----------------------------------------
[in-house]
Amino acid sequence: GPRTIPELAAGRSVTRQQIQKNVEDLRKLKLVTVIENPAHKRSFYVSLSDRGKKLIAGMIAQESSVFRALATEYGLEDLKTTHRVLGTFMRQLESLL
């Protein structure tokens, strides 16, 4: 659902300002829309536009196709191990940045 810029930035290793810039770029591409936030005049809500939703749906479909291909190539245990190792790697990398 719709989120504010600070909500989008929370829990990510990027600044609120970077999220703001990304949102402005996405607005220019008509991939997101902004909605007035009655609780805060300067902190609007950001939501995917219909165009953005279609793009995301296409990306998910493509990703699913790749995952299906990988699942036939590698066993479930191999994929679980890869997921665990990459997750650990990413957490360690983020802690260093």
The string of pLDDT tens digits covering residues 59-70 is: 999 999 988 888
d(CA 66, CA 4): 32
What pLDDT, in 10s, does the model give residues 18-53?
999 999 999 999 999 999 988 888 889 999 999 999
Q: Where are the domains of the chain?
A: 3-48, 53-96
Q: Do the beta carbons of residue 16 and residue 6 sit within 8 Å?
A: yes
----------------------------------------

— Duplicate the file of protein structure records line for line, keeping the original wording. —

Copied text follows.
[in-house]
Amino acid sequence: GPRTIPELAAGRSVTRQQIQKNVEDLRKLKLVTVIENPAHKRSFYVSLSDRGKKLIAGMIAQESSVFRALATEYGLEDLKTTHRVLGTFMRQLESLL
């Protein structure tokens, strides 16, 4: 659902300002829309536009196709191990940045 810029930035290793810039770029591409936030005049809500939703749906479909291909190539245990190792790697990398 719709989120504010600070909500989008929370829990990510990027600044609120970077999220703001990304949102402005996405607005220019008509991939997101902004909605007035009655609780805060300067902190609007950001939501995917219909165009953005279609793009995301296409990306998910493509990703699913790749995952299906990988699942036939590698066993479930191999994929679980890869997921665990990459997750650990990413957490360690983020802690260093």
The string of pLDDT tens digits covering residues 59-70 is: 999 999 988 888
d(CA 66, CA 4): 32
What pLDDT, in 10s, does the model give residues 18-53?
999 999 999 999 999 999 988 888 889 999 999 999
Q: Where are the domains of the chain?
A: 3-48, 53-96
Q: Do the beta carbons of residue 16 and residue 6 sit within 8 Å?
A: yes